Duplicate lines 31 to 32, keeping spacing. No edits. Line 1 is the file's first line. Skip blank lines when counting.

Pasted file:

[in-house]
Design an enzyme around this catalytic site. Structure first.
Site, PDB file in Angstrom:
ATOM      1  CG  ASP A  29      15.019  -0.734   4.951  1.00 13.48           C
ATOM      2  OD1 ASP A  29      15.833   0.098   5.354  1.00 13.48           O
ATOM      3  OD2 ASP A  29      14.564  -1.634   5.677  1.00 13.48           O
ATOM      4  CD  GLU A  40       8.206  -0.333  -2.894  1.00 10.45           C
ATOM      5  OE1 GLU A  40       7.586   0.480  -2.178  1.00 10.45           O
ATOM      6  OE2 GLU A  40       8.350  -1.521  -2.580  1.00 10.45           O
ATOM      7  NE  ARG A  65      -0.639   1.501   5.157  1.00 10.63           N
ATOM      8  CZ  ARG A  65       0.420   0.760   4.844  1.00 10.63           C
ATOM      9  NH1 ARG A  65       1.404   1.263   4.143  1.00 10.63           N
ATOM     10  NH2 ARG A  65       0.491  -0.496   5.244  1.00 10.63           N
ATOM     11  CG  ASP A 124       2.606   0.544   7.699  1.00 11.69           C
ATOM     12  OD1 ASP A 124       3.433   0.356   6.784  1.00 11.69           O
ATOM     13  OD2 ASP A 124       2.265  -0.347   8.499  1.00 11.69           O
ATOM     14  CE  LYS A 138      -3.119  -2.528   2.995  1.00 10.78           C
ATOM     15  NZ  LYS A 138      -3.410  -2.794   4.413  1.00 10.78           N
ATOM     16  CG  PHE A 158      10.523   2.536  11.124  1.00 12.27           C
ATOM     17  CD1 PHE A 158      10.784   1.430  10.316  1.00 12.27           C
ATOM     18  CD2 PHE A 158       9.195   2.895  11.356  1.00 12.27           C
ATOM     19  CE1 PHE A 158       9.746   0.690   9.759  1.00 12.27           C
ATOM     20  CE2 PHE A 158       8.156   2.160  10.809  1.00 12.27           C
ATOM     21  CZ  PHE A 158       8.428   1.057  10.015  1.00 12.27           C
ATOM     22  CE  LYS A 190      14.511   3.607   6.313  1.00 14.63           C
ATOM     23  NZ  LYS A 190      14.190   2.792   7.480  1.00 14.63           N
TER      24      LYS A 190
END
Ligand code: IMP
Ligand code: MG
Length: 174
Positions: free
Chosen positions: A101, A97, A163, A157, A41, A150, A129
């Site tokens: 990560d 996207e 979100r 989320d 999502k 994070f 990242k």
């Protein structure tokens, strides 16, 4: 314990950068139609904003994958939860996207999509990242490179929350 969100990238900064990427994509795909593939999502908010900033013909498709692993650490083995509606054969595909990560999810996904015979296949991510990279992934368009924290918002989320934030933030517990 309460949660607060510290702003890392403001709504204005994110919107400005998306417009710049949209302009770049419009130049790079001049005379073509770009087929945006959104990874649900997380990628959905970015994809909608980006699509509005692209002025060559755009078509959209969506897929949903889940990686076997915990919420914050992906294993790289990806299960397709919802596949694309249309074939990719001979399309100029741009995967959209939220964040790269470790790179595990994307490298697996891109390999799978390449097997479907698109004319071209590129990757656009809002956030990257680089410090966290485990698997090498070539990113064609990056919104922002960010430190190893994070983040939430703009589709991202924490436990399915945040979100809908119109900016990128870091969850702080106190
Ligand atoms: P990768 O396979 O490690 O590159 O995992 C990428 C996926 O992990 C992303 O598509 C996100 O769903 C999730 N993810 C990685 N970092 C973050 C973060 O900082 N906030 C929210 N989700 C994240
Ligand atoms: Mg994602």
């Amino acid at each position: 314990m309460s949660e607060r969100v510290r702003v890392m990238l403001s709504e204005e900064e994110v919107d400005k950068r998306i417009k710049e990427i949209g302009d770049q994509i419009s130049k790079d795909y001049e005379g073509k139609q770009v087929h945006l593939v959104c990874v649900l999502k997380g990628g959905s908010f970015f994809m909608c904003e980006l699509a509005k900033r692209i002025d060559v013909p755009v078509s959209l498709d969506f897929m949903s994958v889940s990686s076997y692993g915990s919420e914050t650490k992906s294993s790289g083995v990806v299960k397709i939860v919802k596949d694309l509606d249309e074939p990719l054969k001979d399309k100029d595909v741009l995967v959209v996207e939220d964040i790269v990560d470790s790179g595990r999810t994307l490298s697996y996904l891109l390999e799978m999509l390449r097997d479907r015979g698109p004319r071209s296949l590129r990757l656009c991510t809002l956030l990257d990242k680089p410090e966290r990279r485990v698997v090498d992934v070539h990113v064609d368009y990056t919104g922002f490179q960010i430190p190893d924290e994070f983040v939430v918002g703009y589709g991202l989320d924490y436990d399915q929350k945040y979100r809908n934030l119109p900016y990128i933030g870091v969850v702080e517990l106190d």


Length: 174
Positions: free